…carefully unrolled the bubble wrap from two huge plaster footprints, which measured over 20 inches in length, and handed them to Biscardi.

“You know what these things are worth?” Biscardi asked me.

“Thousands?” I guessed.

“One in this pristine condition is worth probably about $75,000,” he said as he showed it to the group. “One. We have 67 of them.”

Apparently, there’s a lot of money in Bigfoot hunting. That was just a small sample of Biscardi’s collection. He later told me he owns an entire fossilized dinosaur skeleton, worth over $3 million.

While all the evidence was impressive, I couldn’t help but regain a tad bit of my cynicism. After all, Biscardi has allegedly been involved in a few Bigfoot hoaxes over the years. Most recently, he reportedly paid $50,000 to two men who claimed to have found Bigfoot’s body, which turned out to be a frozen monkey costume. For the record, Biscardi claimed he was swindled.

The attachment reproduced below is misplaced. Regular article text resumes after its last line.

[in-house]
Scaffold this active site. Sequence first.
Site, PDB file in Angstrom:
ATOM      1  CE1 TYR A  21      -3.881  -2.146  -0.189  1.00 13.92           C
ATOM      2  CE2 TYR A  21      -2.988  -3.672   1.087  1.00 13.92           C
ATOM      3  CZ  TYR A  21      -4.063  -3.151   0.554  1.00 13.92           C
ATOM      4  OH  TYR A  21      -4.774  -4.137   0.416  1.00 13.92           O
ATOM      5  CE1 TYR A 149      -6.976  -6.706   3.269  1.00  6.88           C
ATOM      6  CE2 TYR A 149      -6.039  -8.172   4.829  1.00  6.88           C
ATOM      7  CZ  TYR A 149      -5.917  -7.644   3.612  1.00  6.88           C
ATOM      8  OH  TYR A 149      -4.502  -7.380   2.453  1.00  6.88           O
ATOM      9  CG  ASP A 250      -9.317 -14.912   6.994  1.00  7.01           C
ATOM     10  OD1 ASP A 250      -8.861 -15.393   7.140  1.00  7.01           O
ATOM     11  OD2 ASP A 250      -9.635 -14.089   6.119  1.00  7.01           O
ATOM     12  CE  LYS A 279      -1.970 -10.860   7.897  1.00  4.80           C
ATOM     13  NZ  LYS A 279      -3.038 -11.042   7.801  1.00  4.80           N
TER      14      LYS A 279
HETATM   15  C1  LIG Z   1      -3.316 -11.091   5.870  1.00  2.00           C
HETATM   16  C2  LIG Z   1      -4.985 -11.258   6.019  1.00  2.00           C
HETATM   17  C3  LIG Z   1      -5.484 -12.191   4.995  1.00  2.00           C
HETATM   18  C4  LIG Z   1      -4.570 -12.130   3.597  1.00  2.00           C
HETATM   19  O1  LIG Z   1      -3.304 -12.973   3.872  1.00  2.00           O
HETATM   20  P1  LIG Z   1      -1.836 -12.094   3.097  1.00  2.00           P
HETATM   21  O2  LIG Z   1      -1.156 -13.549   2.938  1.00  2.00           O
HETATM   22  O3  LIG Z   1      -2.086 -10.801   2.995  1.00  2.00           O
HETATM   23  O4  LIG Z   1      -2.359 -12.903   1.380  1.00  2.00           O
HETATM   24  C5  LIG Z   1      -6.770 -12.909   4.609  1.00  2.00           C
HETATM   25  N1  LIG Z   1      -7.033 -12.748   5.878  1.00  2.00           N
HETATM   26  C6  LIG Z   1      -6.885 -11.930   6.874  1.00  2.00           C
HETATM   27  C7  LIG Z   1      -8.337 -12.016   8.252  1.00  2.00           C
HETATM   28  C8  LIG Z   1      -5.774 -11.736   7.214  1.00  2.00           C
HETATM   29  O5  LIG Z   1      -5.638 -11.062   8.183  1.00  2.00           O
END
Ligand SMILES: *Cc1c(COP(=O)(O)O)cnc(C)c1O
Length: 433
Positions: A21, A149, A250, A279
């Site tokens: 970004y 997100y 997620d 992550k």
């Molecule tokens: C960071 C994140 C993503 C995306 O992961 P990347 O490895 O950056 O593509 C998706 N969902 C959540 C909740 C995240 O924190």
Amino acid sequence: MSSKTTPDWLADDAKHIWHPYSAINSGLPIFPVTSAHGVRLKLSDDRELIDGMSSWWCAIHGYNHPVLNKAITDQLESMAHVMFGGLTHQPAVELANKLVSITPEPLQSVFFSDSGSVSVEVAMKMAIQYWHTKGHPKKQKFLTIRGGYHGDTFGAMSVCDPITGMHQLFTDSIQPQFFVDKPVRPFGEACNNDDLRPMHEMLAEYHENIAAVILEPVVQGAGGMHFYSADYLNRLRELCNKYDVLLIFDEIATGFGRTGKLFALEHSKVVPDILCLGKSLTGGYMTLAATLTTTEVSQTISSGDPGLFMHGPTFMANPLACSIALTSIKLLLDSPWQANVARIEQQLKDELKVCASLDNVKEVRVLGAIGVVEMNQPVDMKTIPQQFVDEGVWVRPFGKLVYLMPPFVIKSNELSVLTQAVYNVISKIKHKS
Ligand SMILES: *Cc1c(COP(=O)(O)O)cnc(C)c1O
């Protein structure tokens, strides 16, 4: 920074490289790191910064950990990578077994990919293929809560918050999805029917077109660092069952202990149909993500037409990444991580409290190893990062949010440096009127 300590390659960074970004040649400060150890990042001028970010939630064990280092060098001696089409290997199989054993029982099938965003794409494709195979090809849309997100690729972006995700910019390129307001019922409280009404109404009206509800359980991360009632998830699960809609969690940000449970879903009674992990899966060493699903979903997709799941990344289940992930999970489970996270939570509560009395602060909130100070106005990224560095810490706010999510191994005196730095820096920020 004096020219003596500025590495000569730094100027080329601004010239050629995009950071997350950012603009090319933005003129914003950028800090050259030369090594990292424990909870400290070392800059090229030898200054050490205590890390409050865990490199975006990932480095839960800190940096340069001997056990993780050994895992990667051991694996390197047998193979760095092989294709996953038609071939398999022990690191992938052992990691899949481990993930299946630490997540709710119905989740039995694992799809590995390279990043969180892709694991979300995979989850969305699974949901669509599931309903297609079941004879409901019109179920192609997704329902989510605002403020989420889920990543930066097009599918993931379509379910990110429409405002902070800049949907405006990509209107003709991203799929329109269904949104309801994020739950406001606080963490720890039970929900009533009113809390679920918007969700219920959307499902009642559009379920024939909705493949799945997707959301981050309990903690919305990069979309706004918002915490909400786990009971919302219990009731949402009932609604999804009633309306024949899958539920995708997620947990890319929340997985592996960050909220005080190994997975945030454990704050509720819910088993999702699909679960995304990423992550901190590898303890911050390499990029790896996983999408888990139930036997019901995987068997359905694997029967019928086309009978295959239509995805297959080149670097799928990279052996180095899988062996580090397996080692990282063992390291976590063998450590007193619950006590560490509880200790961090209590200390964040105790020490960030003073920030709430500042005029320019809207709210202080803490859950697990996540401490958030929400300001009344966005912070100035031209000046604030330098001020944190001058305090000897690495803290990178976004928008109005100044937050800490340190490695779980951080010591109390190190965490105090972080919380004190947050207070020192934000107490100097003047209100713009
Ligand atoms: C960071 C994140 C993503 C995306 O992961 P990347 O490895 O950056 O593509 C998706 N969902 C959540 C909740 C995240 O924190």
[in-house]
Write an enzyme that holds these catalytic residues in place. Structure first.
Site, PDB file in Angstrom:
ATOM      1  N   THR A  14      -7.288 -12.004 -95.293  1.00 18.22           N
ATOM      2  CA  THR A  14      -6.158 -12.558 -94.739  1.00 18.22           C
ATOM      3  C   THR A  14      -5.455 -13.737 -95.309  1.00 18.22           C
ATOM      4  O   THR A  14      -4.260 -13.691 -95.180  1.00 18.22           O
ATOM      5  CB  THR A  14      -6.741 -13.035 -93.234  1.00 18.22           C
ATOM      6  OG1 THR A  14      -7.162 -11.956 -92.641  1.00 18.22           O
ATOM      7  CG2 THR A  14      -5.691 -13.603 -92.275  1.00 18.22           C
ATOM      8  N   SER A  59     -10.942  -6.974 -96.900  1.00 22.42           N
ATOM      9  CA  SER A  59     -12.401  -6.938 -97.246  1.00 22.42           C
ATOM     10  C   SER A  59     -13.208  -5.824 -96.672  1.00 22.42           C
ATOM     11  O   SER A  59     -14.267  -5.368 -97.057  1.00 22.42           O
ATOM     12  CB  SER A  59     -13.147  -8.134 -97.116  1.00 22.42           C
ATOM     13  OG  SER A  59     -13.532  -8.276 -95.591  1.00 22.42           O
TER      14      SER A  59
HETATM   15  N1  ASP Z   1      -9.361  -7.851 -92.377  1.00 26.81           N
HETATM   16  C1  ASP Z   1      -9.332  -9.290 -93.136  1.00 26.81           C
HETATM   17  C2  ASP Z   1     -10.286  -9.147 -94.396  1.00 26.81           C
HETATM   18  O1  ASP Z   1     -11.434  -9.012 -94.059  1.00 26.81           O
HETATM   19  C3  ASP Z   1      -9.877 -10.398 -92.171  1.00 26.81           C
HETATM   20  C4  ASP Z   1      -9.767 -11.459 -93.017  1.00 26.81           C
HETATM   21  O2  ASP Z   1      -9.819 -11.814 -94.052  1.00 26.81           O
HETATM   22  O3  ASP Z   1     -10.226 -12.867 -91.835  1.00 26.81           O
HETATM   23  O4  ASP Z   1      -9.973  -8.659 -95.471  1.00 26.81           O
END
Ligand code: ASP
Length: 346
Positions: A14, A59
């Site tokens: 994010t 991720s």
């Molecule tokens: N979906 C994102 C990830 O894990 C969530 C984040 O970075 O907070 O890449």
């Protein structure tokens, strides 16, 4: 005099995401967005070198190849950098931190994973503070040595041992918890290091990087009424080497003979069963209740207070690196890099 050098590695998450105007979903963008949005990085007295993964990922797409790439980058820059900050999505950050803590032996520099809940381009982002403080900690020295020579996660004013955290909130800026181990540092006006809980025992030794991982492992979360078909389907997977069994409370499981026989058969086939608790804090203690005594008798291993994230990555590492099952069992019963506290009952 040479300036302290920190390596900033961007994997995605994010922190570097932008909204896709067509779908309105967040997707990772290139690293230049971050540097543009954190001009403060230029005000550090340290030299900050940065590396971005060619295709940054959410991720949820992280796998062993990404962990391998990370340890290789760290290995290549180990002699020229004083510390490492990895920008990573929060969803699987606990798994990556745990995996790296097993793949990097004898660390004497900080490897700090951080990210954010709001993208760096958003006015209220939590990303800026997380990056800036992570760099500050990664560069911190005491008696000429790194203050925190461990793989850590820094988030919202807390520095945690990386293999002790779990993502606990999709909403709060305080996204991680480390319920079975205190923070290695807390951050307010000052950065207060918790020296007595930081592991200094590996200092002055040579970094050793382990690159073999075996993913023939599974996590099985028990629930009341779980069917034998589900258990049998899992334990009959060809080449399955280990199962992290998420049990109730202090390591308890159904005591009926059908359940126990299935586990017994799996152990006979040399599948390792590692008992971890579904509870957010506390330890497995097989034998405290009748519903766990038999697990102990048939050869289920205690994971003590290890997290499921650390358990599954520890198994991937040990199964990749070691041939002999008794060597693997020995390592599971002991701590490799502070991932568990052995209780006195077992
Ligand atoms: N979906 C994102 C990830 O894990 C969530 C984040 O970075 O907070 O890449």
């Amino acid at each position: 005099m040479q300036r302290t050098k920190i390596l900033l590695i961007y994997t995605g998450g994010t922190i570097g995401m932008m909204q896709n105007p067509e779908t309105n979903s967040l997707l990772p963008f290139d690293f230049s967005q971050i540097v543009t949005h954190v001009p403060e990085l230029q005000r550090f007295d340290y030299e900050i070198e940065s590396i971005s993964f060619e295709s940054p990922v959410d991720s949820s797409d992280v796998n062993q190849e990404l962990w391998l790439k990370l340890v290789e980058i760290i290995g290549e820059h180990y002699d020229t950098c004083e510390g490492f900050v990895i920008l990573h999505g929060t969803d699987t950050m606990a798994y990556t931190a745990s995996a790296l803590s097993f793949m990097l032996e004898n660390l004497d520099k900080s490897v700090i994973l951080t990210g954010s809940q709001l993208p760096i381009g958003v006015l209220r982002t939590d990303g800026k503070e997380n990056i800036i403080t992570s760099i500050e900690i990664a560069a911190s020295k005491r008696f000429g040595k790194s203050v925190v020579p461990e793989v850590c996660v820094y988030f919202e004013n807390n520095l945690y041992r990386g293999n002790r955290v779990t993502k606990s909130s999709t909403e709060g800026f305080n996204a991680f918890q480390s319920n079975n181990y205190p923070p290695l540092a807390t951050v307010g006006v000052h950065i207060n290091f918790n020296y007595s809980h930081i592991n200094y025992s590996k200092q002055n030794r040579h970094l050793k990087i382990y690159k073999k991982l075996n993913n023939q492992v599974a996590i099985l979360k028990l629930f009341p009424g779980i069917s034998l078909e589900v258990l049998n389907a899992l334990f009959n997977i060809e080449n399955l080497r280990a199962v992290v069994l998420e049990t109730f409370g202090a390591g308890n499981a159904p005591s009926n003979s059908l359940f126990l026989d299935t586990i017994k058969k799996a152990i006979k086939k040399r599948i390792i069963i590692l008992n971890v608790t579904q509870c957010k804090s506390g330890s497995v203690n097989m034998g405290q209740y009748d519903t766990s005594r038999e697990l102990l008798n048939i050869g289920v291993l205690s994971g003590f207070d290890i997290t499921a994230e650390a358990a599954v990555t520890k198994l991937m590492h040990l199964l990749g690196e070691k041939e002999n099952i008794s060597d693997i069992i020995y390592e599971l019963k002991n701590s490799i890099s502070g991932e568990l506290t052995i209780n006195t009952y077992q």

“I saw the thing, I touched it…They showed me the body. They took me to the area where they found it – it took a day and a half to get there.” – Tom Biscardi, as quoted by the Australian media on August 14, 2008.

“Be still my heart, I felt bad for the poor thing. After being in the industry for the past 30 years, I wondered: Was it diseased? Did it die of old age?” – Tom Biscardi said of viewing the alleged corpse, as quoted by ABC News, August 15, 2008, when reporting on his claim he had gone to Georgia to see the body for himself.